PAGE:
The Power of Reinvention
It’s been a tough year. Hillary Clinton lost the election to a racist, sexist orangutan (an event that left me profoundly upset), I was surgically diagnosed with severe endometriosis forcing me onto a lifetime supply of hormonal medication, my beautiful mother had a heart attack, my romantic relationships made no sense, and most tragically, I lost my father to suicide. To be sure, there’s a lot to unpack here and through my future writings I hope to do so, but for right now I just want to talk about one thing: reinvention.
Over the last twelve months there were many, many times when all I could bring myself to do was curl up in bed, drink wine, and watch asmr videos until I fell asleep. Getting out of bed in the morning became the most difficult task of my day. Keeping up with clients, answering emails, going out with friends — it all exhausted me. I felt trapped, stuck between the responsibilities I knew I had to uphold and the emotions that desperately needed healing. At least with a broken leg those around you expect you to lay low — they see you and immediately offer support and empathy. Emotional pain is different, it’s invisible and stigmatized and often we are forced to bury it deep and carry on as if nothing happened, causing a loophole of depression and anger. Short of changing our society — how do you escape?
Full disclosure: I don’t have the answer to this question. What I do have, however, are a few key moments that, together, have helped me find the strength to move forward.
In the months following my dads death and my diagnosis, I felt quite numb, a feeling that eventually transformed into an anger and frustration with the human experience; a cynical nihilism set in. And yet, psychologically, I was aware I was going through a phase — one that I thought would pass or that I could fight off, eventually returning me to my old self. But this never happened because, as I began to realize, experiencing suicide and especially parental suicide, profoundly changes you as a person. Slowly I began to recognize a new normal I had been making for myself. Among other things, I had stopped emotionally investing in several situations and people that didn’t bring me joy (self preservation). I was also valuing my relationships with those I loved more than I had ever before. I was working less and spending more time on activities I cared about. My passion for social and political issues was reignited. And most important of all, I felt fearless. After everything I had been through, I knew I could handle anything the world threw at me. I was durable and courageous. I was a different person, for better or worse (I mention "for worse" because although I am discussing the positive changes there were definitely negatives ones as well). So, in the name of reinvention, I decided to embrace it and transform other parts of my life.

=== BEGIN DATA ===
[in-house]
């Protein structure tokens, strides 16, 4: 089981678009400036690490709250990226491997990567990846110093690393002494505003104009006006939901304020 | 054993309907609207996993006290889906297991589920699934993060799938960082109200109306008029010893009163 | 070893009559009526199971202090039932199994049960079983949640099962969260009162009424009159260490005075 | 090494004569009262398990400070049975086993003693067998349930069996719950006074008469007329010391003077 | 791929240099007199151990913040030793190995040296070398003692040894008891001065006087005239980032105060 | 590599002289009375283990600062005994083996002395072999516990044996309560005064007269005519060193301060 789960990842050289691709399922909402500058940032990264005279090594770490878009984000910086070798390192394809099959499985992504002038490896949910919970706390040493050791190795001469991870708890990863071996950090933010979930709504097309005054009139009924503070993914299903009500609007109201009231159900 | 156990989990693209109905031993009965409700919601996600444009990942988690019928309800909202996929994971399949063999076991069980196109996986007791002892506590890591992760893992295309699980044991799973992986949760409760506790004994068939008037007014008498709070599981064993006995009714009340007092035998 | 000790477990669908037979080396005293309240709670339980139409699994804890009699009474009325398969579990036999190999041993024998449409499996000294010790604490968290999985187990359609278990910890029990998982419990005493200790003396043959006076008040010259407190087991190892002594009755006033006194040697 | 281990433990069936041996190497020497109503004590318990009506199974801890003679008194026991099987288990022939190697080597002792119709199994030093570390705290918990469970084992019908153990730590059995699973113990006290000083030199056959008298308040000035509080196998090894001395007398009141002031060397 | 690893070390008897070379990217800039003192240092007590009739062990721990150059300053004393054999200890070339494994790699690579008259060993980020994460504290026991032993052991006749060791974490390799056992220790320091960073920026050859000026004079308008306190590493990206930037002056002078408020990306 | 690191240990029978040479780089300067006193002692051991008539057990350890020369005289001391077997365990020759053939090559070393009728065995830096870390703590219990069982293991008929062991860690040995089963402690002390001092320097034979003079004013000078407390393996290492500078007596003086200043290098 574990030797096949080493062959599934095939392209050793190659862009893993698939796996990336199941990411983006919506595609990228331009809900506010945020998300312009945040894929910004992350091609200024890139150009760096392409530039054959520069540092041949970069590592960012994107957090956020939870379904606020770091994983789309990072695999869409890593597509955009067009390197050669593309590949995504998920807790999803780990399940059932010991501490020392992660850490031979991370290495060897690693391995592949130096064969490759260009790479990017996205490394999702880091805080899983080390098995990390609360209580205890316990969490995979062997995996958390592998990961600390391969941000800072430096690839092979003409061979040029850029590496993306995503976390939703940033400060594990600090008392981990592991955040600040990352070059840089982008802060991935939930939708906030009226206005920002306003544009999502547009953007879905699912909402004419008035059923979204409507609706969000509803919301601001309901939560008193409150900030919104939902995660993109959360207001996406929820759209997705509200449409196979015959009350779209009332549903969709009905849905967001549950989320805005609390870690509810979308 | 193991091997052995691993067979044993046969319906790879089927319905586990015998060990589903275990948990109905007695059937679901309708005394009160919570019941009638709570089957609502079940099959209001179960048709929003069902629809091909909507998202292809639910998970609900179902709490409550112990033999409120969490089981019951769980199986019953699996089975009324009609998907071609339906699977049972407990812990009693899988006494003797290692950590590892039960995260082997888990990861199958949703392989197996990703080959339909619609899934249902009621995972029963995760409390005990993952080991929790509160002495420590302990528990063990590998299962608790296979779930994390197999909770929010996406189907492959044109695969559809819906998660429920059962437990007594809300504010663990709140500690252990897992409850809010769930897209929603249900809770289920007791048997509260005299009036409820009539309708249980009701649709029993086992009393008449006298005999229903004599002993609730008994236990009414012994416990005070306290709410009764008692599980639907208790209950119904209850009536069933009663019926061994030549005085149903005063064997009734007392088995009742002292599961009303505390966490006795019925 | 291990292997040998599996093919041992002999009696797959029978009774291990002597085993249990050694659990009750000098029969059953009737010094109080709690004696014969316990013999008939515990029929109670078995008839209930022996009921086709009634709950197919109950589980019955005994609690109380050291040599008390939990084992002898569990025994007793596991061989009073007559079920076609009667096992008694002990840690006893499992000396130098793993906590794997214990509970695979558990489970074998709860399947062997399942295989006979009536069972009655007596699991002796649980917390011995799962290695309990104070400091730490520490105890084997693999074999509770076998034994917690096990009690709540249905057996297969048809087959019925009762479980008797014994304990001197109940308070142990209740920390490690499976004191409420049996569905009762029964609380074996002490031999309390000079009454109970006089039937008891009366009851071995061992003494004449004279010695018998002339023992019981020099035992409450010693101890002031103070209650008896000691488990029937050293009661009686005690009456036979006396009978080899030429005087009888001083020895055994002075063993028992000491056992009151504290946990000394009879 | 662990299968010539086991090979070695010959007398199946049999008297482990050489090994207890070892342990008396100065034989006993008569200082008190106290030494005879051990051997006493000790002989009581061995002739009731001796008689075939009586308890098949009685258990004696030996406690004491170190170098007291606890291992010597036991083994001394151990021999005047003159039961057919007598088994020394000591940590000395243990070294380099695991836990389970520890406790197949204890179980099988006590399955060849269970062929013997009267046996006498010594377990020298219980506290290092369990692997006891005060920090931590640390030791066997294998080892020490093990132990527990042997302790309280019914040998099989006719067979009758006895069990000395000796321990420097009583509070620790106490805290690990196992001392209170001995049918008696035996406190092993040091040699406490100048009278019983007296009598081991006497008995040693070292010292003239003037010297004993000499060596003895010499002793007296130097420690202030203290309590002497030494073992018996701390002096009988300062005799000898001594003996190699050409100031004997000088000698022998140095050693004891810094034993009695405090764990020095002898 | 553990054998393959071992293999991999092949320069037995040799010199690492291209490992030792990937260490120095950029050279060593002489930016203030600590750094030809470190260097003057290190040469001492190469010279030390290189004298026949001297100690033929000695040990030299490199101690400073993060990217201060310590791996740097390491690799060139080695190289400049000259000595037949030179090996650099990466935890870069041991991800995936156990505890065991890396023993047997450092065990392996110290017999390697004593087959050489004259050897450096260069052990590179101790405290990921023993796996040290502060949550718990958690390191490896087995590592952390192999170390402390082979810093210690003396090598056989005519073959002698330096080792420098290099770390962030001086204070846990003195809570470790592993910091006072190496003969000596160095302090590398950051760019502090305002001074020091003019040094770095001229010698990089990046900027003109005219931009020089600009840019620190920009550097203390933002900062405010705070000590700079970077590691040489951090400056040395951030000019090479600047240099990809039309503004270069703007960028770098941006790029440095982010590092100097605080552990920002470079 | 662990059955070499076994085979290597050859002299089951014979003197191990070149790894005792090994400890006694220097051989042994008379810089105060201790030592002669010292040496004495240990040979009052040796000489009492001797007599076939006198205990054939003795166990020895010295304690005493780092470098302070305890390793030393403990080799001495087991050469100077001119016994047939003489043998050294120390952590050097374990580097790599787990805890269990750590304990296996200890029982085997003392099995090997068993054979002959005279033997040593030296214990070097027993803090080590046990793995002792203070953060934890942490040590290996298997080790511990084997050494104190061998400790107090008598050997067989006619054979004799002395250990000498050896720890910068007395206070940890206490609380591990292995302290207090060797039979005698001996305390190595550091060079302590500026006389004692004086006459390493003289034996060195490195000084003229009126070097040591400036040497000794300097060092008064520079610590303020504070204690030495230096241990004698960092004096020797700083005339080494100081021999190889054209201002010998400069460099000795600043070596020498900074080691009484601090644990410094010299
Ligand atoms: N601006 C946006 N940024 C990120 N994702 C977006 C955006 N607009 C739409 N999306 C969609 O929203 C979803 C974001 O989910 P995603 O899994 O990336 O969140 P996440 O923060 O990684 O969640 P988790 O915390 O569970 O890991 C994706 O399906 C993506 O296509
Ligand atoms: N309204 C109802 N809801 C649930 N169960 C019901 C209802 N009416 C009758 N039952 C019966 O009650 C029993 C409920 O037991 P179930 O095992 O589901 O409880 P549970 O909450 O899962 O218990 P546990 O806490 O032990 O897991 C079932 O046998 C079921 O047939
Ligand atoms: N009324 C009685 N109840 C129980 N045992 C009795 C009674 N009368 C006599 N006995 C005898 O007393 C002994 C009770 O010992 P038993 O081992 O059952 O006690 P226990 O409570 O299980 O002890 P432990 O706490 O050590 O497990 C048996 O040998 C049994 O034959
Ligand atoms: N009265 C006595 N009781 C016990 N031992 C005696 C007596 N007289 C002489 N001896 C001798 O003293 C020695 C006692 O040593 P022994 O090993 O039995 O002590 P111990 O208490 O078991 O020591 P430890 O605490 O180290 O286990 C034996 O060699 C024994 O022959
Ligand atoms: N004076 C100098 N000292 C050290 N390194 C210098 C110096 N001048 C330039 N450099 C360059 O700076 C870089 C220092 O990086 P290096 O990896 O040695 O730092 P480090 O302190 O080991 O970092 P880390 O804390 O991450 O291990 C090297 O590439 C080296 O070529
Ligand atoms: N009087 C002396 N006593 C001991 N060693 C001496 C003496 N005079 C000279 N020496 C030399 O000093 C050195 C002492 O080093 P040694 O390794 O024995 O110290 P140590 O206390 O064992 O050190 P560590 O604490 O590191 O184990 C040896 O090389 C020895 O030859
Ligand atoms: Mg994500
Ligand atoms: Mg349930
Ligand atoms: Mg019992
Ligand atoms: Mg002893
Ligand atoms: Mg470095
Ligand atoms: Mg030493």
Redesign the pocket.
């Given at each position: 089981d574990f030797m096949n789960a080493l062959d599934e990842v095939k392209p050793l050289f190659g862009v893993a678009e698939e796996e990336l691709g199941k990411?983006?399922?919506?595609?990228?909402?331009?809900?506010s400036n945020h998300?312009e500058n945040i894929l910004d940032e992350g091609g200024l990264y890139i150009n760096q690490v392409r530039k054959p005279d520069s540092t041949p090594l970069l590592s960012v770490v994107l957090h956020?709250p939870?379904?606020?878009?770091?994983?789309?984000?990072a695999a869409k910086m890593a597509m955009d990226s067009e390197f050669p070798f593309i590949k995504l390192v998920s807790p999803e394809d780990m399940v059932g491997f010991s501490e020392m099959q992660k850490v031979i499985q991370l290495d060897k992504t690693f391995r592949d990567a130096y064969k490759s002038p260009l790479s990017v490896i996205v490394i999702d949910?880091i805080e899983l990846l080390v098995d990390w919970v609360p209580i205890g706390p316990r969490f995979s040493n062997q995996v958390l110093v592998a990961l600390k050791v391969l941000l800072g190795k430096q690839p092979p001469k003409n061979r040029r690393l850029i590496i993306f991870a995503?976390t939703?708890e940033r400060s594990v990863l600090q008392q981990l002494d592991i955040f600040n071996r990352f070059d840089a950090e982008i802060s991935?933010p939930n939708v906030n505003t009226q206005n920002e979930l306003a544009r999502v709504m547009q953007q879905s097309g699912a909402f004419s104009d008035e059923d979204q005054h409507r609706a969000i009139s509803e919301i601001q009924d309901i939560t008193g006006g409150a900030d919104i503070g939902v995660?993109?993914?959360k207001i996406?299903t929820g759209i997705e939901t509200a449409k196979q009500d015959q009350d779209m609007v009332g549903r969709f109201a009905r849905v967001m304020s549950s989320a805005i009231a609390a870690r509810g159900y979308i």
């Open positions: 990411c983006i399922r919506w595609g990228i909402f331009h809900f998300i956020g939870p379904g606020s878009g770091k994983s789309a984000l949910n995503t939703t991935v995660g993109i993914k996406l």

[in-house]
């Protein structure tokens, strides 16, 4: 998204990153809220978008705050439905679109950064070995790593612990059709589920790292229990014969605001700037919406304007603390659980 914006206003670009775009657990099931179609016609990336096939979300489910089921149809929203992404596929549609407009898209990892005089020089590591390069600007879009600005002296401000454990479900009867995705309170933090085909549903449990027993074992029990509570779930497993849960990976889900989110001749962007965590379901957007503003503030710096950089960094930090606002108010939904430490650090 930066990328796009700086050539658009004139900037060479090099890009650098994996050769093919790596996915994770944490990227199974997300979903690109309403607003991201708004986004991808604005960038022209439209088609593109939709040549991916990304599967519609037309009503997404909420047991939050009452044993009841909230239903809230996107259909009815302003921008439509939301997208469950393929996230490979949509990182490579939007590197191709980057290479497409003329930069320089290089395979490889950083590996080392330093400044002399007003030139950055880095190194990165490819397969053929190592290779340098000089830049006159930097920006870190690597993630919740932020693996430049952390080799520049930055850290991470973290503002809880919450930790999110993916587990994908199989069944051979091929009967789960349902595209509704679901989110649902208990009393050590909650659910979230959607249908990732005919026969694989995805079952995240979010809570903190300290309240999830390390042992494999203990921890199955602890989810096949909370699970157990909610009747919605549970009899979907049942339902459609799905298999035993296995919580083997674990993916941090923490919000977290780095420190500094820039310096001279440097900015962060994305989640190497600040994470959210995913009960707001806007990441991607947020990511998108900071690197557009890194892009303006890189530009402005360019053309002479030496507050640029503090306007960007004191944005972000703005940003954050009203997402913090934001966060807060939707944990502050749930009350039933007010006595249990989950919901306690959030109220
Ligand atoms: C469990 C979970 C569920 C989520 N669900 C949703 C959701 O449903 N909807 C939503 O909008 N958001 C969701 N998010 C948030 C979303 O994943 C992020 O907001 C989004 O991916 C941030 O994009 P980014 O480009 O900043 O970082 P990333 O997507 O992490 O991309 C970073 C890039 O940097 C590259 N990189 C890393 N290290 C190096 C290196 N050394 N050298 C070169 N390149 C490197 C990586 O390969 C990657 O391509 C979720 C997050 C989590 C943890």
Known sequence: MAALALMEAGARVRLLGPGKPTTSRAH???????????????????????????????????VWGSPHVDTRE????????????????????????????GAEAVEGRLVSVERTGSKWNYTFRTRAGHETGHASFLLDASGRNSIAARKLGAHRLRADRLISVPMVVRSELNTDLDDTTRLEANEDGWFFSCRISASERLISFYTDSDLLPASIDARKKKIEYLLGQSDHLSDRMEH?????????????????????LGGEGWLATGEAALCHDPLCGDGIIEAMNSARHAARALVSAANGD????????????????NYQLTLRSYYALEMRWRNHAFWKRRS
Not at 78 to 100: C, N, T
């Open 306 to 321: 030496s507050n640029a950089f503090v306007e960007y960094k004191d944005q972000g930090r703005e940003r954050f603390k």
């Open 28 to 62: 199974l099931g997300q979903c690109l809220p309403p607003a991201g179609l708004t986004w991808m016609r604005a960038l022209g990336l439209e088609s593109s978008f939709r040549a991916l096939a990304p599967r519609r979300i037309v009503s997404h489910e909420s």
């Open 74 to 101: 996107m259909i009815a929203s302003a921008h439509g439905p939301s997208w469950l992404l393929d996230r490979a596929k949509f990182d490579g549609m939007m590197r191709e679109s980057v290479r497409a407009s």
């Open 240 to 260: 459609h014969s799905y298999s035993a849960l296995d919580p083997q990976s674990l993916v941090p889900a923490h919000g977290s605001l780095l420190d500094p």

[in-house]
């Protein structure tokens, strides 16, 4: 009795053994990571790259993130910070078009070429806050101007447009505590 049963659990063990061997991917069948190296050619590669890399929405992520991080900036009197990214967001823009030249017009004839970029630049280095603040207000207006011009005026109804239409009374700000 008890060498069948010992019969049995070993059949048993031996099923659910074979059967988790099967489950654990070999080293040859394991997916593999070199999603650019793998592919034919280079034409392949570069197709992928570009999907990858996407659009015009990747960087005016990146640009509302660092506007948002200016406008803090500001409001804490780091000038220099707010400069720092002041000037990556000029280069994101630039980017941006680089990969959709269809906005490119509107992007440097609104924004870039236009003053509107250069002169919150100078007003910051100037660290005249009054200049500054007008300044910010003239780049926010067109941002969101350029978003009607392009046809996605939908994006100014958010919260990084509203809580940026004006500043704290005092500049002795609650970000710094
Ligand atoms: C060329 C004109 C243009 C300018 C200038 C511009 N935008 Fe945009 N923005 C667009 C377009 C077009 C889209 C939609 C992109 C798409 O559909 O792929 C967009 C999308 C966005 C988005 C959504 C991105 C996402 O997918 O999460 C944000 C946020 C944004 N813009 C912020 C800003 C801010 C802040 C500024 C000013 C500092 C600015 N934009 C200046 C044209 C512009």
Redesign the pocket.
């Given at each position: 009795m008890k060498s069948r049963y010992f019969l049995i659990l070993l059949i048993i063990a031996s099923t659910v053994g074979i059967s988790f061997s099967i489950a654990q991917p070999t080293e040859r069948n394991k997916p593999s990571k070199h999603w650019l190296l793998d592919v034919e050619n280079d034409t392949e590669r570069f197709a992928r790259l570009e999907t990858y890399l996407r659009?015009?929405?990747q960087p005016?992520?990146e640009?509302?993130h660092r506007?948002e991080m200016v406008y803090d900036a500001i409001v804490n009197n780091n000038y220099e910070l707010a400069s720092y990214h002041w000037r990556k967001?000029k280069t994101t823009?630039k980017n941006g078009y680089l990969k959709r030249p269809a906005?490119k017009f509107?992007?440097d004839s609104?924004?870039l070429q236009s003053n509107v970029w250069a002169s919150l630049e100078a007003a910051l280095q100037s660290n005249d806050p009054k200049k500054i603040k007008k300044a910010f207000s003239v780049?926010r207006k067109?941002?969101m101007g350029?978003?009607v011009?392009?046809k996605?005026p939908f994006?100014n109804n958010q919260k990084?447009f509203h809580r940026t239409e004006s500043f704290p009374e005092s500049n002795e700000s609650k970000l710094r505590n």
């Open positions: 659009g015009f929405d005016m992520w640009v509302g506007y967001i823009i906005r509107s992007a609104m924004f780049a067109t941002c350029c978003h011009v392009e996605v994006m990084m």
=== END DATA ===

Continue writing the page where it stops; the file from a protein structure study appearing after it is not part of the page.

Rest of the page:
Moving to a new apartment was one of the biggest steps in my healing process. I couldn’t believe how much better I felt even after two nights, like a weight had been lifted off my shoulders. I’m not much of a new-age spiritualist but it was truly as if I had left all of the desperation, sadness, and negative energy behind in the old apartment. My new place, right in the middle of the city with a sunny balcony has become a personal sanctuary for me.